AKA John Howard Carpenter
Birthplace: Carthage, NY
Race or Ethnicity: White
Sexual orientation: Straight
Occupation: Film Director
Nationality: United States
Executive summary: Escape from New York
John Carpenter makes enjoyable popcorn movies, usually in the horror, suspense, or science fiction genres. He has made some of his best films while working on a tiny budget, and is generally credited with popularizing the camera's first-person killer perspective for Halloween, the film which introduced the now-clichéd horror movie plot point that teenagers who have sex are doomed to grisly death.
As a child, Carpenter started making short homemade movies with his father's 8mm camera before adolescence, inspired by low-budget sci-fi like It Came from Outer Space and Forbidden Planet. In his teens he wrote several issues of a mimeographed zine of monster movies, Fantastic Films Illustrated, and in college he co-wrote a 23-minute 1970 film, The Resurrection of Broncho Billy, which starred Johnny Crawford and won the Oscar for Best Short Subject. Another college project, the cynical science-fiction comedy Dark Star, was a clever satire of 2001: A Space Odyssey and Star Trek that became popular with college screenings and midnight shows.
Carpenter's first semi-commercial film, Assault on Precinct 13, was a non-stop action romp that told the story of a street gang attacking a police station, an obvious but inspired riff on Howard Hawks's classic western Rio Bravo. The creepy, thrilling, and surprisingly gore-free Halloween made a movie star of Jamie Lee Curtis, and inspired dozens of weary imitators and half-hearted sequels. Reportedly made for $300,000, Halloween earned $75-million in its first theatrical run, and gave Carpenter a green light for almost any project that interested him.
Over the next decade he delivered several outstanding and imaginative films -- the tale of sailors' revenge The Fog with Adrienne Barbeau, the apocalyptic rescue romp Escape from New York with Kurt Russell and Lee Van Cleef, the knuckle-whitening re-make of The Thing with Russell and Keith David, the optimistic sci-fi road movie Starman with Jeff Bridges and Karen Allen, the daft but delightful kung fu fest Big Trouble in Little China with Russell and Kim Cattrall, and the politically subversive zombie movie They Live with Roddy Piper chewing gum and kicking ass. Memoirs of an Invisible Man had the disadvantage of starring Chevy Chase, but In the Mouth of Madness was a wonderfully evocative blurring of fiction within fiction, with Sam Neill looking for the missing Jürgen Prochnow.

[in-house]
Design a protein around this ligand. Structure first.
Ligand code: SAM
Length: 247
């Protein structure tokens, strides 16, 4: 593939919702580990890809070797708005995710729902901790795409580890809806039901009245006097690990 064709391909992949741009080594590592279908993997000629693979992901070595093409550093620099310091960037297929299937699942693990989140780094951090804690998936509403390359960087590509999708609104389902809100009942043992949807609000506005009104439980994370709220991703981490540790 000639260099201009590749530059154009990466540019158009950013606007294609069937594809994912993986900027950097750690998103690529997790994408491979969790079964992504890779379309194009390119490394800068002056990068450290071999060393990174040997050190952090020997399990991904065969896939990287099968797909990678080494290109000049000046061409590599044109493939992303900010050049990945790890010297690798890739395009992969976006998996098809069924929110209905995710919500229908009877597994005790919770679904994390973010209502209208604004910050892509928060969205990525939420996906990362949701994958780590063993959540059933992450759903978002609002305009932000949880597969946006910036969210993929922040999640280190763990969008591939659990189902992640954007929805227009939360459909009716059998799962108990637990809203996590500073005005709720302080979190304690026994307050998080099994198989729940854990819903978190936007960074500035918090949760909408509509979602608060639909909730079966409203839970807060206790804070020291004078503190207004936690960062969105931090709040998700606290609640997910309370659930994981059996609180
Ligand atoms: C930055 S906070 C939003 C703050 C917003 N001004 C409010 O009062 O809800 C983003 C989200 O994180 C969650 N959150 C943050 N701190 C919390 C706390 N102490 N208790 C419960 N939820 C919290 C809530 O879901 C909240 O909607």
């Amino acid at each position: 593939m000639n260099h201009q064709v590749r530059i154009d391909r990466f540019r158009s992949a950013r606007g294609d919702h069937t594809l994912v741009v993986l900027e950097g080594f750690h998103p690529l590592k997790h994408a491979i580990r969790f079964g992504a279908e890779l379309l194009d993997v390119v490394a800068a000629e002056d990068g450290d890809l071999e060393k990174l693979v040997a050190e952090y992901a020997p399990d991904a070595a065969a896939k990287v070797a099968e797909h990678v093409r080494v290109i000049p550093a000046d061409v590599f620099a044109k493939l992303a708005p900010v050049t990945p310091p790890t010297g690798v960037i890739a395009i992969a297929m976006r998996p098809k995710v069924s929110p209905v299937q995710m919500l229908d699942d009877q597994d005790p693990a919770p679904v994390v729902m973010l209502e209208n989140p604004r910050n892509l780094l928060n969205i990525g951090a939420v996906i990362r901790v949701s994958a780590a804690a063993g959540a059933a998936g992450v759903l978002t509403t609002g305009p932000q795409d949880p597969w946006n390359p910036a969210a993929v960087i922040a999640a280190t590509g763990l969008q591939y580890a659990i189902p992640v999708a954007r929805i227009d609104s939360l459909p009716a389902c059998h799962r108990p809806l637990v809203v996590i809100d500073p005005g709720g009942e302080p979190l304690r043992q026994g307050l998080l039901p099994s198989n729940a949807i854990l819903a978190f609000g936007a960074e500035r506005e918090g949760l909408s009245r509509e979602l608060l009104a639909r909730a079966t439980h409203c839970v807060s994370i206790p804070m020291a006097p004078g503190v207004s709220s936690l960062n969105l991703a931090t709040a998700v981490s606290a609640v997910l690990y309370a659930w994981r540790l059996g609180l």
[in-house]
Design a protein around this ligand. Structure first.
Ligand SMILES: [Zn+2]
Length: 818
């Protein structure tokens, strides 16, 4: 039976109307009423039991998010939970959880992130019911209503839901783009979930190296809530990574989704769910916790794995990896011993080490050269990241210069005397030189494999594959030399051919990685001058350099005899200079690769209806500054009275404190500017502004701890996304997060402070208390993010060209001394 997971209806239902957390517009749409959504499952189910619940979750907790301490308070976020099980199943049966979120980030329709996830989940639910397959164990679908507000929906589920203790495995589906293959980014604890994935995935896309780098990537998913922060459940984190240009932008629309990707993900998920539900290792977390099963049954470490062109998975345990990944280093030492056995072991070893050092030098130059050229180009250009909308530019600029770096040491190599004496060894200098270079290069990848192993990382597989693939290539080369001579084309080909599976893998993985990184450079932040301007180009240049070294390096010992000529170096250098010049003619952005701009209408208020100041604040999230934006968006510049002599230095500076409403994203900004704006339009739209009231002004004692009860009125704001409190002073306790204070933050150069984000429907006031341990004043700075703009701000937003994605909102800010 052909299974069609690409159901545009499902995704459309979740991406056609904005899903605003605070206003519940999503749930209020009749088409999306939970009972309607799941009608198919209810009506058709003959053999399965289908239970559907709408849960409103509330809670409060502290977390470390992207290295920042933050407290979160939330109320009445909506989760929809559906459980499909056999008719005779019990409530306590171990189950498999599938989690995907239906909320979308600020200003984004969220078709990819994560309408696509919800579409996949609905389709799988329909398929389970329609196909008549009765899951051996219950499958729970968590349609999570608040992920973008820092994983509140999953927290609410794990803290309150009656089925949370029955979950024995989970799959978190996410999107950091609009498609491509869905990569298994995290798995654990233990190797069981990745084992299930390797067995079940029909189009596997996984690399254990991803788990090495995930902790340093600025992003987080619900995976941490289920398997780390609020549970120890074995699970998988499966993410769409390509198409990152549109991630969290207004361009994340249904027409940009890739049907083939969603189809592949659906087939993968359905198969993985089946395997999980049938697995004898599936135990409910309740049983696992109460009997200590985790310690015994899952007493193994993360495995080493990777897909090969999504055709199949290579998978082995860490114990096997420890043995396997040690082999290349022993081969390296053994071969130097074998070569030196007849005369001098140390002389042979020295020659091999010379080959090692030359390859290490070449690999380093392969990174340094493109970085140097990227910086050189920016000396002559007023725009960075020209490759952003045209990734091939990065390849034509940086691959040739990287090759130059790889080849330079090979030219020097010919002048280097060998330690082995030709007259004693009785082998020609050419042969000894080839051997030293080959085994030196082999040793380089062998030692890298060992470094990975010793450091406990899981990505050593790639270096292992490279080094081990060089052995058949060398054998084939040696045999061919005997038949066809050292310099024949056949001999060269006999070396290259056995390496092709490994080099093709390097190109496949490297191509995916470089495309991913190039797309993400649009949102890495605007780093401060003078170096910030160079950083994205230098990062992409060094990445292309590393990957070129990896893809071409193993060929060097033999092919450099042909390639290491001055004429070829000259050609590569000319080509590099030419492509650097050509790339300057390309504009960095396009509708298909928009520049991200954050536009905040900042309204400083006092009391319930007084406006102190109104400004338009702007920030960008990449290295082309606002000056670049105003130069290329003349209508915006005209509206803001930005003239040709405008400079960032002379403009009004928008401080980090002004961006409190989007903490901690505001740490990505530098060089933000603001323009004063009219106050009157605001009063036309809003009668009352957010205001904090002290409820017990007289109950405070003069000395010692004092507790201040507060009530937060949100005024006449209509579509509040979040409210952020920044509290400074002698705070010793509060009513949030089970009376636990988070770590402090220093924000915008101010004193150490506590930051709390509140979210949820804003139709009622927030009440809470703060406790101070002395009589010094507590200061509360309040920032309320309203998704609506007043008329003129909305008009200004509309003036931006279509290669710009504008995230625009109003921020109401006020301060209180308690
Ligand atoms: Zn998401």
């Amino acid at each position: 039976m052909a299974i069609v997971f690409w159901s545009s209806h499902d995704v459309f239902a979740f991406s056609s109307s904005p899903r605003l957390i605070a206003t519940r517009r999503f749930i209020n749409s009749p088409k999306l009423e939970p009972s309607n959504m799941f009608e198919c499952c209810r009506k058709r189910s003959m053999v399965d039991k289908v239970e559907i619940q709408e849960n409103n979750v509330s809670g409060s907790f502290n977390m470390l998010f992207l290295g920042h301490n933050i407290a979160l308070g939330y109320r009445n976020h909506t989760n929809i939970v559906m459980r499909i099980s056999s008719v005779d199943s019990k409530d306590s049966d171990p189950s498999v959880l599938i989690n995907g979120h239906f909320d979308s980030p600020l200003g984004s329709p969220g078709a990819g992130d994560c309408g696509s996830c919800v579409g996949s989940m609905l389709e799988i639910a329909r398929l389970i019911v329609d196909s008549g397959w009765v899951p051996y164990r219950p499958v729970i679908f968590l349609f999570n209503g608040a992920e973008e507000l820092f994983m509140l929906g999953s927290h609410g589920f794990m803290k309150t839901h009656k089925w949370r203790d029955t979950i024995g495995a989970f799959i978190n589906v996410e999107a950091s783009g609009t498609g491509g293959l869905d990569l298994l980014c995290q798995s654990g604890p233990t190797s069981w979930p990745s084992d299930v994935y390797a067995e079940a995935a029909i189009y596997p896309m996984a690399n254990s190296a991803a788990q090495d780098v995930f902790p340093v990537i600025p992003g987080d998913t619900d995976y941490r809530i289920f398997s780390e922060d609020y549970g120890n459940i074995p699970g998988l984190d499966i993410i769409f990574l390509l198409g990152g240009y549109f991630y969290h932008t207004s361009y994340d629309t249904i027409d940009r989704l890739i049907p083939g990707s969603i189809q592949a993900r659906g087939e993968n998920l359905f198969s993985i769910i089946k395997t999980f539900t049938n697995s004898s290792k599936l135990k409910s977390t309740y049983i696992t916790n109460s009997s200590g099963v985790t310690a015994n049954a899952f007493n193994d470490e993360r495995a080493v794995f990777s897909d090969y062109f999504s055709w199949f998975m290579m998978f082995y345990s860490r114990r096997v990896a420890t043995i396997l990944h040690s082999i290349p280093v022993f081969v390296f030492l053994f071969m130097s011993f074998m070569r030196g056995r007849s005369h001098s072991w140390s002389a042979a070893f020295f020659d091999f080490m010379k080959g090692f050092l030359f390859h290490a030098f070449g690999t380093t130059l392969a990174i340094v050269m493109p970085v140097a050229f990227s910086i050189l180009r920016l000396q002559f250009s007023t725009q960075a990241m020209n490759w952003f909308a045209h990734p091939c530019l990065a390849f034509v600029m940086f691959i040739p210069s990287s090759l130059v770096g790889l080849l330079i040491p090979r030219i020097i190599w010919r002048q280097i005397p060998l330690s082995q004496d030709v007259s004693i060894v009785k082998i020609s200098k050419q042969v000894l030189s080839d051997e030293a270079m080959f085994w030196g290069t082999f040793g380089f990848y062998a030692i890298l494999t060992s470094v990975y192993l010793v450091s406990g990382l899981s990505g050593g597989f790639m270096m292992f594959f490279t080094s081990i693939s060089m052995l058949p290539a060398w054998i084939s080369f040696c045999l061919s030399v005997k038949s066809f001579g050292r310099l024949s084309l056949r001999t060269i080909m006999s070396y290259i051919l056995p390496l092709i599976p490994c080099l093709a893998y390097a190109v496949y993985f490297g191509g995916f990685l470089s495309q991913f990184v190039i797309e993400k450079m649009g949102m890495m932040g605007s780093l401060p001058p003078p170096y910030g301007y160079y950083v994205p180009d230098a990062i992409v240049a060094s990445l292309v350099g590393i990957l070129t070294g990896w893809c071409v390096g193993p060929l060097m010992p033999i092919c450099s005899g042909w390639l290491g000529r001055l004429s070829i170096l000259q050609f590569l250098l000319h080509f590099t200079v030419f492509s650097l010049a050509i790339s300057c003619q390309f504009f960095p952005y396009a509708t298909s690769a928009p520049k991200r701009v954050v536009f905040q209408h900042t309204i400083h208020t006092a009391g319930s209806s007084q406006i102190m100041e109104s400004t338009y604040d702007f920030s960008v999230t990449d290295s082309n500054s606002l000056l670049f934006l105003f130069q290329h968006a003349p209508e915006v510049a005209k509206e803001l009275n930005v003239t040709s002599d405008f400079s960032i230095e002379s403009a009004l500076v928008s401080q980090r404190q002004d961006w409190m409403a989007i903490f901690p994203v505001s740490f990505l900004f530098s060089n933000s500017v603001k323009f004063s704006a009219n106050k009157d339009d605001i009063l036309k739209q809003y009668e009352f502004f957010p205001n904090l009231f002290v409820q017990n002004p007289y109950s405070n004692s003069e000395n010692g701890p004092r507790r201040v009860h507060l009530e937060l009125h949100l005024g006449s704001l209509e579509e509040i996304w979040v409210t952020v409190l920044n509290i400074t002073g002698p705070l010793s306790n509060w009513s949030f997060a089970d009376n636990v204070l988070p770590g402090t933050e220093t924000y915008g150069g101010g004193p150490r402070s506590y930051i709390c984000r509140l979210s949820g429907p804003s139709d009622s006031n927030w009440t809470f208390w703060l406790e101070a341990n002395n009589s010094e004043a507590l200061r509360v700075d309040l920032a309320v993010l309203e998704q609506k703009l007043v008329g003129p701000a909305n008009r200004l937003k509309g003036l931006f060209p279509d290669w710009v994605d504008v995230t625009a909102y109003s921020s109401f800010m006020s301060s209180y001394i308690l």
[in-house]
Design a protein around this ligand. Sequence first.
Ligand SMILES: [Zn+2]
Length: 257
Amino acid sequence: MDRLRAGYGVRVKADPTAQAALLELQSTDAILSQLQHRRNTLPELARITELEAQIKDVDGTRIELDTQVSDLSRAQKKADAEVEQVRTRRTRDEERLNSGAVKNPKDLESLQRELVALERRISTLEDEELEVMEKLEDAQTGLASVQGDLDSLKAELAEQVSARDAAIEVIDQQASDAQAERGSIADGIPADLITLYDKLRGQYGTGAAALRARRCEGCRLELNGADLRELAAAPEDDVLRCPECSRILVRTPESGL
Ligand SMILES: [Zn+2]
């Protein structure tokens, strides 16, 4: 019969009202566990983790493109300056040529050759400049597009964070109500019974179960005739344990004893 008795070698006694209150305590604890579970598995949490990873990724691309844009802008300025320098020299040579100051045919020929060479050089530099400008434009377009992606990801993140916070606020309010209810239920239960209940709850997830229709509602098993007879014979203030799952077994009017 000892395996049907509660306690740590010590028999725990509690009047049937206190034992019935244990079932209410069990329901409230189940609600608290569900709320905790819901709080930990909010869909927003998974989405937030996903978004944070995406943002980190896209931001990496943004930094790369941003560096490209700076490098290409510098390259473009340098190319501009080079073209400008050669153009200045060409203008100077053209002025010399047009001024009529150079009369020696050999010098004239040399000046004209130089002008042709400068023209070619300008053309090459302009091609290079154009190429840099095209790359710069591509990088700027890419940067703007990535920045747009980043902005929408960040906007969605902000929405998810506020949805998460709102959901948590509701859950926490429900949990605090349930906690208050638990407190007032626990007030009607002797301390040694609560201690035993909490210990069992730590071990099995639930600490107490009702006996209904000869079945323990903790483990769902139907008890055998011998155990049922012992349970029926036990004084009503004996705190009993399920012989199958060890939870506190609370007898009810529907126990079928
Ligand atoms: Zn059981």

Since the mid-1990s, though, Carpenter's name above the title has seemed more a warning than a mark of quality. His Village of the Damned with Christopher Reeve was a remake that did not measure up to the George Sanders original, and Escape from L.A., Carpenter's sequel to his own Escape from New York, made audiences wonder whether he had lost his touch. His subsequent films, Vampires with James Woods and Daniel Baldwin and Ghosts of Mars with Natasha Henstridge, have been poorly received. Without Carpenter at the helm, Hollywood has begun offering remakes of some of his best early work -- Assault on Precinct 13 with Ethan Hawke and Laurence Fishburne, The Fog with Maggie Grace, and Rob Zombie's upcoming Halloween.
Between his other efforts, Carpenter wrote the innocuous teen romance Zuma Beach starring Suzanne Somers, the excellent made-for-TV thriller Someone's Watching Me starring Lauren Hutton, and the effective big-screen nightmare The Eyes of Laura Mars starring Faye Dunaway. He directed Elvis, the 1979 mini-series of Elvis Presley's life, starring Carpenter's frequent collaborator, Kurt Russell. In addition to his work as a writer, director, and occasional producer, Carpenter composes the music for most of his films, and often performs the score on digital instruments.
Father: Howard Ralph Carpenter (head of music department, Western Kentucky University)
Mother: Milton Jean Carter Carpenter (d. 2004)
Girlfriend: Debra Hill (film producer, b. 1950, dated and cohabited in late 1970s)
Wife: Adrienne Barbeau (actress, m. 1979, div. 1984, one son)
Son: John Cody Carpenter (rock'n'roll keyboardist, b. 7-May-1984)
Wife: Sandy King (producer, b. 1952, m. 1990)
University: Western Kentucky University
University: University of Southern California
Risk Factors: Smoking
FILMOGRAPHY AS DIRECTOR
The Ward (13-Sep-2010)
Ghosts of Mars (24-Aug-2001)
Escape from L.A. (9-Aug-1996)
Village of the Damned (28-Apr-1995)
In the Mouth of Madness (3-Feb-1995)
Body Bags (8-Aug-1993)
Memoirs of an Invisible Man (28-Feb-1992)
They Live (4-Nov-1988)
Prince of Darkness (23-Oct-1987)
Big Trouble in Little China (2-Jul-1986)
The Thing (25-Jun-1982)
Escape from New York (10-Jul-1981)
The Fog (8-Feb-1980)
Someone's Watching Me! (29-Nov-1978)
Assault on Precinct 13 (Nov-1976)
Dark Star (Apr-1974)
FILMOGRAPHY AS ACTOR
Going to Pieces: The Rise and Fall of the Slasher Film (13-Oct-2006) · Himself
The American Nightmare (11-Sep-2000) · Himself
Village of the Damned (28-Apr-1995) · Man at Gas Station Phone
The Silence of the Hams (13-Jul-1994)
Body Bags (8-Aug-1993)
Memoirs of an Invisible Man (28-Feb-1992) · Helicopter Pilot
The Boy Who Could Fly (15-Aug-1986) · The Coupe De Villes
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